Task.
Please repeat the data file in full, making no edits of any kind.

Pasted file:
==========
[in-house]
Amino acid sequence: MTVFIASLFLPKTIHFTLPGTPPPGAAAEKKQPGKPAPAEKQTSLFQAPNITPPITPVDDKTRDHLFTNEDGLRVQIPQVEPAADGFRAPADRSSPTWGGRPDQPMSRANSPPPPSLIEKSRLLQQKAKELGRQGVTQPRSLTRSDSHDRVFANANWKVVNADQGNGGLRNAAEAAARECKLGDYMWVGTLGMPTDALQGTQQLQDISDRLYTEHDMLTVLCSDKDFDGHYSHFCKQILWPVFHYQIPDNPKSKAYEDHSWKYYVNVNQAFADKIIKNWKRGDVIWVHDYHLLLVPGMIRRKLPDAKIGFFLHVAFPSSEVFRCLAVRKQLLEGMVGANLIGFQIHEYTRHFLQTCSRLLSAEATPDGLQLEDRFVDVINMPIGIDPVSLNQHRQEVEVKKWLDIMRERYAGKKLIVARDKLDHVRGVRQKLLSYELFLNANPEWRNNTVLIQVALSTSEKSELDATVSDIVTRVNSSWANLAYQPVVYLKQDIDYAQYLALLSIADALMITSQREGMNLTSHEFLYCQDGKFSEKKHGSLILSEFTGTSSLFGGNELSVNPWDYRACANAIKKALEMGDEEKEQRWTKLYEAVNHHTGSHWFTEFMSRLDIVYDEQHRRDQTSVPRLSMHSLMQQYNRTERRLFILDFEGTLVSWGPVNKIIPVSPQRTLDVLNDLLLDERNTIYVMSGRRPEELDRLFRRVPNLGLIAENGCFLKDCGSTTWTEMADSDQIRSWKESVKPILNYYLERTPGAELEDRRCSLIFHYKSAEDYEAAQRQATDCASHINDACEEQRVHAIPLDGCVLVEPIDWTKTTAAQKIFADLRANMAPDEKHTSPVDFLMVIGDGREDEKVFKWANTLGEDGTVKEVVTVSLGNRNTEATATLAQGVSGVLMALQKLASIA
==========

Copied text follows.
[in-house]
Amino acid sequence: MTVFIASLFLPKTIHFTLPGTPPPGAAAEKKQPGKPAPAEKQTSLFQAPNITPPITPVDDKTRDHLFTNEDGLRVQIPQVEPAADGFRAPADRSSPTWGGRPDQPMSRANSPPPPSLIEKSRLLQQKAKELGRQGVTQPRSLTRSDSHDRVFANANWKVVNADQGNGGLRNAAEAAARECKLGDYMWVGTLGMPTDALQGTQQLQDISDRLYTEHDMLTVLCSDKDFDGHYSHFCKQILWPVFHYQIPDNPKSKAYEDHSWKYYVNVNQAFADKIIKNWKRGDVIWVHDYHLLLVPGMIRRKLPDAKIGFFLHVAFPSSEVFRCLAVRKQLLEGMVGANLIGFQIHEYTRHFLQTCSRLLSAEATPDGLQLEDRFVDVINMPIGIDPVSLNQHRQEVEVKKWLDIMRERYAGKKLIVARDKLDHVRGVRQKLLSYELFLNANPEWRNNTVLIQVALSTSEKSELDATVSDIVTRVNSSWANLAYQPVVYLKQDIDYAQYLALLSIADALMITSQREGMNLTSHEFLYCQDGKFSEKKHGSLILSEFTGTSSLFGGNELSVNPWDYRACANAIKKALEMGDEEKEQRWTKLYEAVNHHTGSHWFTEFMSRLDIVYDEQHRRDQTSVPRLSMHSLMQQYNRTERRLFILDFEGTLVSWGPVNKIIPVSPQRTLDVLNDLLLDERNTIYVMSGRRPEELDRLFRRVPNLGLIAENGCFLKDCGSTTWTEMADSDQIRSWKESVKPILNYYLERTPGAELEDRRCSLIFHYKSAEDYEAAQRQATDCASHINDACEEQRVHAIPLDGCVLVEPIDWTKTTAAQKIFADLRANMAPDEKHTSPVDFLMVIGDGREDEKVFKWANTLGEDGTVKEVVTVSLGNRNTEATATLAQGVSGVLMALQKLASIA